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Stickball workshop introduces craft, art of traditional game

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ALBUQUERQUE, N.M. – During a cloudless weekend in July those curious about Cherokee stickball visited the Indian Pueblo Cultural Center to make sticks, hear the Cherokee language, and play a friendly game of the ancient American Indian sport.

As part of the center’s ongoing exhibit “Celebrating Native Legacies: Works in Clay” by Kathleen Wall, Victor Wildcat journeyed from Muskogee, Okla. to share his knowledge and skill of this traditional game, considered the oldest sport in America.

Wildcat, part of the Cherokee Savannah Clan with Creek and Natchez descent, has taught Cherokee cultural crafts for 15 years as a Title VII Native American instructor at Ft. Gibson Public Schools. He conducts stick making workshops and guides the games in the Cherokee language. “For the Cherokee, this is how we’re trying to immerse the language into everyday life and increase language skills and vocabulary. I try to incorporate language into everything I teach.”

According to the Cherokee Heritage Center, stickball is an ancient game that southeastern American Indians called the “Little Brother of War” because it required many of the same skills and rituals as battle. It is considered the forerunner of modern lacrosse, and was historically a method to settle disputes between towns, and sometimes between tribes.


Photo courtesy IndianPueblo Cultural Center The Indian Pueblo Cultural Center is currently exhibiting “Celebrating Native Legacies: Works in Clay” by Kathleen Wall. This piece is titled “Stickball.”

The modern objective of stickball is to score points by handling a ball with a pair of sticks; by throwing the ball through poles, hitting the top of the pole or the pole itself, an individual or team scores. In a style of stickball played most often in Oklahoma, the objective is to hit a wooden fish on top of the pole.

“In the social game played by the Cherokee, the whole community or clan would play. The men use sticks, and the women use their hands,” Wildcat said. “The younger ones will be mentored by older players, and those with more skills will learn to be more compassionate to others. The fish is now carved from cedar, representing the black drum game fish. The poles are upwards of 30 feet.”

Stickball is a highly physical game that takes athletic ability, stamina and agility. It also takes skill to maneuver the sticks, which are made from hickory. Like lacrosse sticks, they have a small net on one end, in this case, made from deer hide strips.

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Wildcat brings pre-cut hickory lengths to his workshops. He shows and assists participants in heating and bending the wood. “They are gathered in the winter from fallen trees. We look for straight wood with tight grains. If the tree grows near water, the grains are larger and they aren’t as good. Then the wood is soaked in water to kill any worms.” From one hickory tree, Wildcat can make up to 40 sticks. He’s refined the traditional methods to be more efficient, since the older ways yield only about 10 sticks per tree.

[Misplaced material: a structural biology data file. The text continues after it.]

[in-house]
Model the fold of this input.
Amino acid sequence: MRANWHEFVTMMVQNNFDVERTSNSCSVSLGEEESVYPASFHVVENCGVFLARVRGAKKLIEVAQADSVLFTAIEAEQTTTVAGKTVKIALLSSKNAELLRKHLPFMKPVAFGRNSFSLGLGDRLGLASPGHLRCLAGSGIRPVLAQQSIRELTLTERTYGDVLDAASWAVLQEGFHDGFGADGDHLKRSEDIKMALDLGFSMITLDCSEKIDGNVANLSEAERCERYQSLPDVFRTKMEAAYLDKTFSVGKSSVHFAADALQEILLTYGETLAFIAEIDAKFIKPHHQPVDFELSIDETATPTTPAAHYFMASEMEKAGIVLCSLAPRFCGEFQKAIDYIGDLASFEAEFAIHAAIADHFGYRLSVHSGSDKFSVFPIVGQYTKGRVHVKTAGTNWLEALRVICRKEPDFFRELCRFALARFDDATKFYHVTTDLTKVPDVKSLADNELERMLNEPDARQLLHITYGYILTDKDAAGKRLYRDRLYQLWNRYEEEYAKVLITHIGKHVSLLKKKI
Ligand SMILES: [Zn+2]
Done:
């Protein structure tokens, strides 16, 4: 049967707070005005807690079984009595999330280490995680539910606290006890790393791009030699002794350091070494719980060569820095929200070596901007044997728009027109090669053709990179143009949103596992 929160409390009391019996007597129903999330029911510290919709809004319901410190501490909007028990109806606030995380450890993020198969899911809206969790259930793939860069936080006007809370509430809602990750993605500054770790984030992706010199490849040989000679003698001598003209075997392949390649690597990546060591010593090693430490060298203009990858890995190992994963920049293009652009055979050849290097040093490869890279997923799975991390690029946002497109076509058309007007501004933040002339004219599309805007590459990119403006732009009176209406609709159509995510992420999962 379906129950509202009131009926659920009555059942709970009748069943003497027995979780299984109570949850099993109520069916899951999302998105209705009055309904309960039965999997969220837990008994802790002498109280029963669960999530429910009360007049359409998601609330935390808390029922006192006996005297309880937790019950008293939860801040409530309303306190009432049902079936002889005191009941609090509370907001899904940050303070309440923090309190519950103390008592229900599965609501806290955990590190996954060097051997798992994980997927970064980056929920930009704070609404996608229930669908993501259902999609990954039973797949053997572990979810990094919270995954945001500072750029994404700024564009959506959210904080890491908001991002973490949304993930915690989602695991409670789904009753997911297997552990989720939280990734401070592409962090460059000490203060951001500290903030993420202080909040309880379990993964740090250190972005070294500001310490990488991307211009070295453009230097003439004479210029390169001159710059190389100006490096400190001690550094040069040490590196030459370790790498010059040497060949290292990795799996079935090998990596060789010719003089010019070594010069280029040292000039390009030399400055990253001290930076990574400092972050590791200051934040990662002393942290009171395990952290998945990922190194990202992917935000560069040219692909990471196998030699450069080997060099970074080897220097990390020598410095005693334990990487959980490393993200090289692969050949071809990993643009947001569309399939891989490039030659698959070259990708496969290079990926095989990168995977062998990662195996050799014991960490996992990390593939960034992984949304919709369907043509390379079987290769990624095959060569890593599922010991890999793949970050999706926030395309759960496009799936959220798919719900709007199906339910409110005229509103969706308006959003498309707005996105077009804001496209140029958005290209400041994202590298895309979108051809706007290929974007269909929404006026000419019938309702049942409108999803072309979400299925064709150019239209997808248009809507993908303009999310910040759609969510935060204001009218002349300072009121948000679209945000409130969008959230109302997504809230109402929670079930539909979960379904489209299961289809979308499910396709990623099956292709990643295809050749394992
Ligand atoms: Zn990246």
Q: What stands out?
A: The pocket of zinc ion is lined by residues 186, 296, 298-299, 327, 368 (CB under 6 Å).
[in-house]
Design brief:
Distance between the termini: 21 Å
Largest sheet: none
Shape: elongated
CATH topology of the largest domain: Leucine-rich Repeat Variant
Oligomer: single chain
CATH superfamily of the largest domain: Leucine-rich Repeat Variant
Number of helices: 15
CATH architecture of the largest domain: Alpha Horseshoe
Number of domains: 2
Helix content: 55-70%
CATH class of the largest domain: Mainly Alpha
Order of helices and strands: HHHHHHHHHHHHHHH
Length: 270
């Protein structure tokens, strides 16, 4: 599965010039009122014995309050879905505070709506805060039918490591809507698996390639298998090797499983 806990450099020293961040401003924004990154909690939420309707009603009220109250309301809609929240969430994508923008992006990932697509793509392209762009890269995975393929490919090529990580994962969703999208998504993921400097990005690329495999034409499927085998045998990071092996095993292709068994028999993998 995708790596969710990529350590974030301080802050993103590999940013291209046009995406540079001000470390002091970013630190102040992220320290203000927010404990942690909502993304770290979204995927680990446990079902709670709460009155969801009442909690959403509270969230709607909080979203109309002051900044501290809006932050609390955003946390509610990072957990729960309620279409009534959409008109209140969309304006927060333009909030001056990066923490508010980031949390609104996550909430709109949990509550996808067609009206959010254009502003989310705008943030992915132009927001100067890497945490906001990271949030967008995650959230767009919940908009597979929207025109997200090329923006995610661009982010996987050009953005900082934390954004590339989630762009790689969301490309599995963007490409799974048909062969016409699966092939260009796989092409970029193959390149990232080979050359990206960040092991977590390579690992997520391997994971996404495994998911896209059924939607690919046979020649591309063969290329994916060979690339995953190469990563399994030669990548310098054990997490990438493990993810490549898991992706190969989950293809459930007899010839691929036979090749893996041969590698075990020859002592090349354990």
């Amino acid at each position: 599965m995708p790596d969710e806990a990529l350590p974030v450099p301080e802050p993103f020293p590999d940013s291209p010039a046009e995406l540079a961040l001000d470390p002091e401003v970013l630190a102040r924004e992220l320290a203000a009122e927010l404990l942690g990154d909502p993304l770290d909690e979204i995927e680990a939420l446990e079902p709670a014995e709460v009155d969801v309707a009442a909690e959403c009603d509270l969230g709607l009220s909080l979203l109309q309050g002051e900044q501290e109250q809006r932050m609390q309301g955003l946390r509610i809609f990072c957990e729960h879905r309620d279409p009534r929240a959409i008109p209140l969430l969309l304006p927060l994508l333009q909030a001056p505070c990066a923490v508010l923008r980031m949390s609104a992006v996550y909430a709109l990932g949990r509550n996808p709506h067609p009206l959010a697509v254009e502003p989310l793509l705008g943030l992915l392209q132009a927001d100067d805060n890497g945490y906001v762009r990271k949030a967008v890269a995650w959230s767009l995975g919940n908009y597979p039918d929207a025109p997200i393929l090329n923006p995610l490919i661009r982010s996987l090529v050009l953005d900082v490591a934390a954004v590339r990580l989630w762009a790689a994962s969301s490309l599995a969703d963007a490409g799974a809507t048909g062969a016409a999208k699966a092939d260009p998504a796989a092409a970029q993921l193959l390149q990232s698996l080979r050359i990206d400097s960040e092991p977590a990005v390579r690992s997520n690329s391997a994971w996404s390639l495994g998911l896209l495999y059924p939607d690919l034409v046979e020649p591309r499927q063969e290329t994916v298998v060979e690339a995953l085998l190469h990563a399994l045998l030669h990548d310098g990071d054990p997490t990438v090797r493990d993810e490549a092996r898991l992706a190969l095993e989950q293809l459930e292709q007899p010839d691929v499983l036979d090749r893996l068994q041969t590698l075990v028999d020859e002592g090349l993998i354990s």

On the second day of the workshop, Wildcat shows participants how to attach and weave the netting that catches the ball. Once the handles are turned, the stick is ready for play.

While historical stickball games could last all day, today they extend only about an hour. “People get tuckered out, especially if it’s hot,” Wildcat said.

The stickball maker’s invitation to Albuquerque came as a result of tribal connections to Wall, who is Jemez Pueblo and Chippewa. Wall knows cousins of Wildcat’s, who traveled to Oklahoma reunions and played stickball.

“I wanted to show my children that they are also part Cherokee and to know this part of their heritage,” Wall said. “I really want my children to know their grandma was Cherokee and they have got relatives there and these are their traditional games. This is what they have from that side of their family.” One featured piece in her show incorporates rotating slides of playing stickball and two sticks.

Though only men played stickball in ancient times, it was the women who made the sticks. Today, Wildcat said for cultural preservation purposes, one must make his or her own sticks.

Back home, he teaches the making of black locust longbows, flutes, baskets and necklaces, as well as conducts language competitions, stickball games, food and pottery expositions, and other cultural presentations. He also runs a summer youth camp where he teaches how to make Creek-style sticks. This is his first time teaching the stickball workshop outside his area.

“There’s great self-esteem for kids when they finish. When you make it yourself, it’s great. Because that’s how life is, you make it your own if you want it. No one is going to give it to you.”